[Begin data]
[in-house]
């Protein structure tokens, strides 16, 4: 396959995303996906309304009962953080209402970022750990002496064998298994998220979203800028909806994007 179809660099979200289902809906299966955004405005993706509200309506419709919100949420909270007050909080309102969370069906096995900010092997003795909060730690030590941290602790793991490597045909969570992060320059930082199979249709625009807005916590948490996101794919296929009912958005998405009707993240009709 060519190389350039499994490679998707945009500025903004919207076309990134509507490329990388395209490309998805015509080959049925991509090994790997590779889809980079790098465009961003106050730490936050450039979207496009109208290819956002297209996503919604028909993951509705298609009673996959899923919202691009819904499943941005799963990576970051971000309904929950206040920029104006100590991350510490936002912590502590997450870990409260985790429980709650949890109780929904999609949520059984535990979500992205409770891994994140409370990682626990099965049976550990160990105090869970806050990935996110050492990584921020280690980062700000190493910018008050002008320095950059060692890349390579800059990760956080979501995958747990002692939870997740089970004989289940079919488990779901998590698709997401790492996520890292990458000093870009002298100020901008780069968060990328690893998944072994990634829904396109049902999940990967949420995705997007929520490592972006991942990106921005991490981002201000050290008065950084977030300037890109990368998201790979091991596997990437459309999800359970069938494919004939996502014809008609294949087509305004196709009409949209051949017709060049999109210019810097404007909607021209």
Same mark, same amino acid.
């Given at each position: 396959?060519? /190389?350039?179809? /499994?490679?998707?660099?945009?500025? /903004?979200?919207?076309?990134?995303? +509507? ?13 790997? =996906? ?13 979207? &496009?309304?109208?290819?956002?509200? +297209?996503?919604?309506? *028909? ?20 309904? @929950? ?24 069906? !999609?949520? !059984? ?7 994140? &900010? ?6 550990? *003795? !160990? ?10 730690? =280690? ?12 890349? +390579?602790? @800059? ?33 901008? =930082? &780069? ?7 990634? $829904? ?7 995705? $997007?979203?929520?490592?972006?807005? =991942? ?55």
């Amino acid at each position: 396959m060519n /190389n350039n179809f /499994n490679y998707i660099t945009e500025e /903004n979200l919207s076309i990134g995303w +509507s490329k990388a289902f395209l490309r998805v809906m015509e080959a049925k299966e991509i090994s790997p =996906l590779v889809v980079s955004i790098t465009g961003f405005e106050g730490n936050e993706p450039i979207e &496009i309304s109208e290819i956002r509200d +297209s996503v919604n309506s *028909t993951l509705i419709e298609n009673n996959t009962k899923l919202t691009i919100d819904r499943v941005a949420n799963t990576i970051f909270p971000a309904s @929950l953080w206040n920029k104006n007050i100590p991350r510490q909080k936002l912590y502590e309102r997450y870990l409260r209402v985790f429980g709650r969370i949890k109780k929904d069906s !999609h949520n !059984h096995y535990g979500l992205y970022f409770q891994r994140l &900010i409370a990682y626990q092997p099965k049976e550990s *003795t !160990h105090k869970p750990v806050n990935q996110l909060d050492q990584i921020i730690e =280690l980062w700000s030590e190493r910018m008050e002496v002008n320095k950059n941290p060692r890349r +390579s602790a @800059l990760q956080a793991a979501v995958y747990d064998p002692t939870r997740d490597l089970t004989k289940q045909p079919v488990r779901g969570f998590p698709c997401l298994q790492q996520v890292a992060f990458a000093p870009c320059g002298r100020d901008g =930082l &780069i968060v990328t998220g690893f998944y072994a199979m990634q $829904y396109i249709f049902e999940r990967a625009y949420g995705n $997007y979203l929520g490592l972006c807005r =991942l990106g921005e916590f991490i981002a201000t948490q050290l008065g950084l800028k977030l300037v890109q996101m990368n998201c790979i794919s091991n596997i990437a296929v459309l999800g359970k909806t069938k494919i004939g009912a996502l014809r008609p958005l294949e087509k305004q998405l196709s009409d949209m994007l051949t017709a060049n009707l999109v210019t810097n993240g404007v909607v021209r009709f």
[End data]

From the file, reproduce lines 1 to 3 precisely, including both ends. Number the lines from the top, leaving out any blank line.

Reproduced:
[in-house]
């Protein structure tokens, strides 16, 4: 396959995303996906309304009962953080209402970022750990002496064998298994998220979203800028909806994007 179809660099979200289902809906299966955004405005993706509200309506419709919100949420909270007050909080309102969370069906096995900010092997003795909060730690030590941290602790793991490597045909969570992060320059930082199979249709625009807005916590948490996101794919296929009912958005998405009707993240009709 060519190389350039499994490679998707945009500025903004919207076309990134509507490329990388395209490309998805015509080959049925991509090994790997590779889809980079790098465009961003106050730490936050450039979207496009109208290819956002297209996503919604028909993951509705298609009673996959899923919202691009819904499943941005799963990576970051971000309904929950206040920029104006100590991350510490936002912590502590997450870990409260985790429980709650949890109780929904999609949520059984535990979500992205409770891994994140409370990682626990099965049976550990160990105090869970806050990935996110050492990584921020280690980062700000190493910018008050002008320095950059060692890349390579800059990760956080979501995958747990002692939870997740089970004989289940079919488990779901998590698709997401790492996520890292990458000093870009002298100020901008780069968060990328690893998944072994990634829904396109049902999940990967949420995705997007929520490592972006991942990106921005991490981002201000050290008065950084977030300037890109990368998201790979091991596997990437459309999800359970069938494919004939996502014809008609294949087509305004196709009409949209051949017709060049999109210019810097404007909607021209």
Same mark, same amino acid.